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Kiss My RelicsHermaphroditic Fictions of the Middle Ages$
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David Rollo

Print publication date: 2011

Print ISBN-13: 9780226724614

Published to Chicago Scholarship Online: February 2013

DOI: 10.7208/chicago/9780226724607.001.0001

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Martianus Capella, De nuptiis Philologiae et Mercurii; Remigius of Auxerre, Commentum in Martianum Capellam: Venus Rediviva

Martianus Capella, De nuptiis Philologiae et Mercurii; Remigius of Auxerre, Commentum in Martianum Capellam: Venus Rediviva

Chapter:
(p.32) Chapter Two Martianus Capella, De nuptiis Philologiae et Mercurii; Remigius of Auxerre, Commentum in Martianum Capellam: Venus Rediviva
Source:
Kiss My Relics
Author(s):

David Rollo

Publisher:
University of Chicago Press
DOI:10.7208/chicago/9780226724607.003.0003

This chapter focuses, in large part, on a medieval commentary on the De nuptiis Philologiae et Mercurii. It analyzes Martianus' work as an ascensional allegory in which the intellect (Philology) strives to join with a transcendent language (Mercury) that would enable humanity to articulate the workings of the divine mind (Pallas). The final result of this endeavor would be represented by the physical union of the first two of these personified categories, whose wedding is celebrated by the Olympian gods and accompanied by lengthy treatises on mortal learning in the allegorical figures of the seven liberal arts. The De nuptiis came to achieve its canonical status in the aftermath of the Carolingian renaissance, and its importance to the era is evinced by the glosses of Johannes Scotus Eriugena, Martin of Loan, and Remigius of Auxerre. Such growth in interest can primarily be explained in pedagogical terms. The chapter also turns to the glosses of Remigius of Auxerre, the most ambitious to have been produced during the ninth century.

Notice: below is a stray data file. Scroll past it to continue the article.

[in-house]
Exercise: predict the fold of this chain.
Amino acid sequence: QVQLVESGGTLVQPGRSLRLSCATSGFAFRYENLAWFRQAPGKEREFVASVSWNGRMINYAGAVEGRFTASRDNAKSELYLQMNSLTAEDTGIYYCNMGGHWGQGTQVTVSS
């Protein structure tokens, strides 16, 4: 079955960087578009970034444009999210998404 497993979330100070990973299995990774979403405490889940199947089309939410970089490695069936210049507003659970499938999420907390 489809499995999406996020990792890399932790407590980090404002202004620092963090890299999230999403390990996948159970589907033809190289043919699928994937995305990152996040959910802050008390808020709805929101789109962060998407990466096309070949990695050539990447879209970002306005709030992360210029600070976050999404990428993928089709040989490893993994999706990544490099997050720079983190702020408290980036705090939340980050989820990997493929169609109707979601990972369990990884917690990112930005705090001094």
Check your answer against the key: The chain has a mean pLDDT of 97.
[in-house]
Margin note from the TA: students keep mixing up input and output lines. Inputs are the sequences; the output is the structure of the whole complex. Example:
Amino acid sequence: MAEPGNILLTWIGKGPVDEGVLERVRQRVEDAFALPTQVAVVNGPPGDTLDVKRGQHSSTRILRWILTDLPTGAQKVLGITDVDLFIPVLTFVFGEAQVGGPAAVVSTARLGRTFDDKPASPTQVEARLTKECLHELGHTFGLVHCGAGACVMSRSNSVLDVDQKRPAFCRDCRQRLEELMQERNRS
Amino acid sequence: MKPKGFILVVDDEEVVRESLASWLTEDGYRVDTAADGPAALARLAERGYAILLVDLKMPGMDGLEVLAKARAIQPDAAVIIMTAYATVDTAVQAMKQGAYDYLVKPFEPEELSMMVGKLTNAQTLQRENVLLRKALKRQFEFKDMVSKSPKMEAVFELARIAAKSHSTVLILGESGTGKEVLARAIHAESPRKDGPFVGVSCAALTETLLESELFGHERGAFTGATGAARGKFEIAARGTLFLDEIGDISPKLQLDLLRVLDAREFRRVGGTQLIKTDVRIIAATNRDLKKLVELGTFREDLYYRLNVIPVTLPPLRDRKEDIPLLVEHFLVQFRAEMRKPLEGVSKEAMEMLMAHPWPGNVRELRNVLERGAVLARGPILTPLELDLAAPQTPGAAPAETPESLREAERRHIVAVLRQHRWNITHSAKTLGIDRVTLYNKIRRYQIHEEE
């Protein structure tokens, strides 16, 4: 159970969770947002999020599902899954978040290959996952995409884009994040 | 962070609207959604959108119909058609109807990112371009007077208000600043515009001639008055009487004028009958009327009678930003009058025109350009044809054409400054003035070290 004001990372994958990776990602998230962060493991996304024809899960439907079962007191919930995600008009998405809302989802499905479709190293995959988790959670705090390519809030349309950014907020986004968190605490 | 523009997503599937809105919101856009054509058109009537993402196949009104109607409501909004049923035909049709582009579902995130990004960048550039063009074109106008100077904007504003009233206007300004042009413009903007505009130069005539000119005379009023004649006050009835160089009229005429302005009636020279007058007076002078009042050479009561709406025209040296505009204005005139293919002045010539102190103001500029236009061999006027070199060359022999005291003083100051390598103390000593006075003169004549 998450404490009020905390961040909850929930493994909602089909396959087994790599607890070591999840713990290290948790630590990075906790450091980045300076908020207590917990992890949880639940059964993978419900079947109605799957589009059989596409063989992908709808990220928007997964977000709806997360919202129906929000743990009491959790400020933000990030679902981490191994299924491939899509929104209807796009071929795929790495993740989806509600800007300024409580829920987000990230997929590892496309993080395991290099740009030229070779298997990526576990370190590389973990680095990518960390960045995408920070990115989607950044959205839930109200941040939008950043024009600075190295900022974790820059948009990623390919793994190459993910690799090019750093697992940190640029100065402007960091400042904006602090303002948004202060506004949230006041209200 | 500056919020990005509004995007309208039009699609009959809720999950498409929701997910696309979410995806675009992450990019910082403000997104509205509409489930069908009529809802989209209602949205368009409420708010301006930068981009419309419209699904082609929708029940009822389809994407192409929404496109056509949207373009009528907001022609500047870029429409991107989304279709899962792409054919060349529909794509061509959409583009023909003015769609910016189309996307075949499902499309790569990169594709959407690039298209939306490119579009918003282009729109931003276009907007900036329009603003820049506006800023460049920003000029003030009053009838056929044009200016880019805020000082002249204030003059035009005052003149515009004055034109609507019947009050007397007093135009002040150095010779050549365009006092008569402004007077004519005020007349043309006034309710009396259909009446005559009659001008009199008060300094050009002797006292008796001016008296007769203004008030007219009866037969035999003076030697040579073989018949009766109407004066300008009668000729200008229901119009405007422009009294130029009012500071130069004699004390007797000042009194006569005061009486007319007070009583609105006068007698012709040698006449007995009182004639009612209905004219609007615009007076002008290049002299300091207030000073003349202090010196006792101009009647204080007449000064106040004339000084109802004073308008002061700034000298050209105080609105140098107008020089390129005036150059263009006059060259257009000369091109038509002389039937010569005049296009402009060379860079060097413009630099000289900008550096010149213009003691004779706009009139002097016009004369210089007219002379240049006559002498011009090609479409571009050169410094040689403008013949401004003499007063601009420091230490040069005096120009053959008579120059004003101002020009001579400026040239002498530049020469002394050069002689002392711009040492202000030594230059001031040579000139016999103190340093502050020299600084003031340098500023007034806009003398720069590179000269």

Keywords:   De nuptiis Philologiae et Mercurii, Philology, Mercury, Olympian gods, physical union, Remigius of Auxerre

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